News for January 8, 2000

Cees Priem and TVM stop

After 14 years of major sponsorship, Dutch company TVM have decided to end their involvment with cycling. Although they had originally planned (last October) to co-sponsor the Farm Frites team this year, the company decided that enough was enough, and ended the agreement today.

Ad Bos, director of TVM told Dutch press: "We told Farm Frites we wished to stop in January. It was enough. They wanted to be the head sponsor, but asked us to be the co-sponsor. Because we want to keep the team alive, we agreed. However, after 14 years as head sponsor, we didn't want to be in the shadow for a year."

Meanwhile, former leader Cees Priem along with Egon van Kessel will depart the team as well. Although Priem had orginally planned to stay, the new team of Farm Frites wished to start with a clean slate. For his part, Priem didn't comment. He left for a skiing holiday to France, a country where he has spent some time in fairly recently.

The new team leader is Teun van Vliet, while Jacques Hanagreef will be the general manager.

Gisbers: A former rider speaks

The recent comments of former PDM team leader, Dutchman Jan Gisbers have provoked a varied response from sections of the cycling community. After Rooks, Winnen and Ducrot, and then Theunisse revealed that they had doped during their careers, Gisbers stated that "every teamleader in cycling knows that riders - in cooperation with doctors or soigneurs - use doping. How much is unknown."

While this may seem like a passive condoning of drug taking within the team, does it mean that he ever suggested it among his riders? Cyclingnews recently spoke with Joao Corriere, a Portuguese rider who rode for one of Gisbers' teams four years ago, the Dutch third division Europolis team (later Axa). The team rode in the Top Competition in Holland, and was the number one team for that year. A second section of the team also participated in races abroad in Spain, Italy and Portugal.

However, Corriere has since joined the ranks of racers that have left the sport as an indirect effect of drugs, and he know rides for enjoyment. His experiences in Portugal led to this, where one of his colleagues died of a heart attack and several others were doing some crazy things.

Corriere only rode with the Europolis team for a year, however he developed a good relationship with Gisbers, living next door to him in Eindhoven. He was adamant that he had never been asked by Jan, or for that matter the team soigneurs or doctors, to take any illegal products.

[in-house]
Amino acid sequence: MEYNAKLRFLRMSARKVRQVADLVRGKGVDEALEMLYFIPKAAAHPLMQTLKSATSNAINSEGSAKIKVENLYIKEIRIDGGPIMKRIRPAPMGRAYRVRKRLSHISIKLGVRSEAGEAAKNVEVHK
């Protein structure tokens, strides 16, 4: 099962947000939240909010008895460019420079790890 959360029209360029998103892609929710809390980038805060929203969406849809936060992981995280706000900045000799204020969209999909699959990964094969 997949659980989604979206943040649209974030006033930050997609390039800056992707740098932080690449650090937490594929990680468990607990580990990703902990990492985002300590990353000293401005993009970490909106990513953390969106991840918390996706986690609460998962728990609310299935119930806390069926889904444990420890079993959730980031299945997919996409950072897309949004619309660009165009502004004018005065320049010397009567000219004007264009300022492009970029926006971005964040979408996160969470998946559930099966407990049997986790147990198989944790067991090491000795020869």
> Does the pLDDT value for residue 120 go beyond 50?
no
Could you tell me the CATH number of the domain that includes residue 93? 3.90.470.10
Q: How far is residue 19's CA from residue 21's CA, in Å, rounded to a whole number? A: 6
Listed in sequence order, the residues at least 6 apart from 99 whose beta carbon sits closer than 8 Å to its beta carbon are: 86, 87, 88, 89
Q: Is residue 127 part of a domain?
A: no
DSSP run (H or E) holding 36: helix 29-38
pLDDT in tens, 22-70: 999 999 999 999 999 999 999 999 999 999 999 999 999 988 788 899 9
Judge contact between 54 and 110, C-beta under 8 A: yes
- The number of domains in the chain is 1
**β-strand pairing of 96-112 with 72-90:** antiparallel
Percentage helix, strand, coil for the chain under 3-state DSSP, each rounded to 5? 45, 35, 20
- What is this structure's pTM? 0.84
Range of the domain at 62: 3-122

"Nobody I knew of or saw took drugs, or even suggested it while I was there. I think that we had a clean team, although I can't speak for PDM as I didn't ride there."

"Jan was a great 'riders' guy, and he often gets a bad wrap from people who don't know him personally. Anything he promised, he delivered, and all the boys really liked him. He was a very responsible person."

"I'm not really surprised at his comments though - nobody breaks "the silence" regarding doping, as far as who's doing it. It was very closed and never discussed."

On ex-TVM manager, Egon van Kessel: "I travelled with the Dutch team to the Junior World's in Greece and Australia, under Egon van Kessel. He strictly informed us that if any of us were caught taking drugs or tested positive, then we would be immediately be kicked off the team and our licences revoked."

That said, the question is still whether this is the case amongst the first division teams. The riders are ultimately responsible for their own drug taking (unless they are tied down and injected). But, the responsibility stretches further than this: the doctors for obtaining the drugs, the sponsors and the team leaders for making demands on the riders, and the UCI for enforcing penalties and make them mean something, and finally, the press for printing the truth rather than "what constitutes a good story".

Of course, this can lead to one (or several) witch hunts once politics takes over. See the current Italian prosecution for an example. It is a very complex issue and everyone needs to help by being as honest as possible, despite the risks.

Early season training: from Guadaloupe to Australia

The world's top professional bike riders have once again spread their wings at the beginning of the season, choosing to visit exotic climes in pursuit of some training kilometers.

Despite his commitments back home, Marco "Il Pirata" Pantani has been in the Canary Islands, possibly hooking up with Michele Bartoli for a spin. The two certainly get on like a house on fire and they will undoubtably have fun exchanging tactical tips.

Jan Ullrich is off to South Africa and Majorca, while teammates Zabel and co. are in Australia for the Tour Down Under. Lance Armstrong is busy sunning himself in California, while both Oscar Freire and Manuel Beltrán are choosing to start their seasons in Jávea, Spain before their season opens with the Tour of Majorca.

Also in Jávea, Freire's old team, Vitalicio Seguros will hold a training camp from January 13 to 24, with team leader Igor González de Galdeano making his first steps towards his Vuelta a Espana preparation.

Likewise, the Festina team of Juan Fernandez will commence their training camp in Calpe (Alicante). However, Banesto will head to the Costa del Sol from January 17 - 25 for their camp, with Zulle and "el Chaba" Jiménez who starts his eleventh season.

ONCE, with top riders Olano, Jalabert, and new signing Iván Gutiérrez, world U-23 ITT champion will meet on the 18th of January for 8 days, while Vicente Belda's new Kelme outfit heads to the Mediterranean and then the Ivory Coast on the 1st of February.

Euskaltel will be stay in Bilbao in the Basque Country from January 26 - 27 of January then Vitoria on the 28th and 29th. Finally, Costa Almeria and Fuenlabrada have opted not to have the whole team meet before their first competition of the season.